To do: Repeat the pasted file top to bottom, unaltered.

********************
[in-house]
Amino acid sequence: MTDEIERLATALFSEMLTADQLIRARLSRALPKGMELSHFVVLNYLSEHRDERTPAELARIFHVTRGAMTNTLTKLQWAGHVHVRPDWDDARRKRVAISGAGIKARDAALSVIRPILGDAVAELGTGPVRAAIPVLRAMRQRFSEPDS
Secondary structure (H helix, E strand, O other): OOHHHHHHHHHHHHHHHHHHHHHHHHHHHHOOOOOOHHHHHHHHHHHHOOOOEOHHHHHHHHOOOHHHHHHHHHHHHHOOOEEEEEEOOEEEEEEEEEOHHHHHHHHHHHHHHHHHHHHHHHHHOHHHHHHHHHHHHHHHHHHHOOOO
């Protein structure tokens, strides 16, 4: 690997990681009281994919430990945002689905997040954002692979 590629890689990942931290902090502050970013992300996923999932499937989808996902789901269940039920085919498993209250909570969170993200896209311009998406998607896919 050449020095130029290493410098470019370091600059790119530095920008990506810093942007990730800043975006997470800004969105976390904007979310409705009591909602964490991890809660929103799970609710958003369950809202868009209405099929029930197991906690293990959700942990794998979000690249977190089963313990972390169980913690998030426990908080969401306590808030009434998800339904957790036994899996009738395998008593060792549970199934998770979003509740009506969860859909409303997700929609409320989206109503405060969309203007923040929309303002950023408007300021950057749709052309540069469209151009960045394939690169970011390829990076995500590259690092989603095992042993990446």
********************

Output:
[in-house]
Amino acid sequence: MTDEIERLATALFSEMLTADQLIRARLSRALPKGMELSHFVVLNYLSEHRDERTPAELARIFHVTRGAMTNTLTKLQWAGHVHVRPDWDDARRKRVAISGAGIKARDAALSVIRPILGDAVAELGTGPVRAAIPVLRAMRQRFSEPDS
Secondary structure (H helix, E strand, O other): OOHHHHHHHHHHHHHHHHHHHHHHHHHHHHOOOOOOHHHHHHHHHHHHOOOOEOHHHHHHHHOOOHHHHHHHHHHHHHOOOEEEEEEOOEEEEEEEEEOHHHHHHHHHHHHHHHHHHHHHHHHHOHHHHHHHHHHHHHHHHHHHOOOO
């Protein structure tokens, strides 16, 4: 690997990681009281994919430990945002689905997040954002692979 590629890689990942931290902090502050970013992300996923999932499937989808996902789901269940039920085919498993209250909570969170993200896209311009998406998607896919 050449020095130029290493410098470019370091600059790119530095920008990506810093942007990730800043975006997470800004969105976390904007979310409705009591909602964490991890809660929103799970609710958003369950809202868009209405099929029930197991906690293990959700942990794998979000690249977190089963313990972390169980913690998030426990908080969401306590808030009434998800339904957790036994899996009738395998008593060792549970199934998770979003509740009506969860859909409303997700929609409320989206109503405060969309203007923040929309303002950023408007300021950057749709052309540069469209151009960045394939690169970011390829990076995500590259690092989603095992042993990446």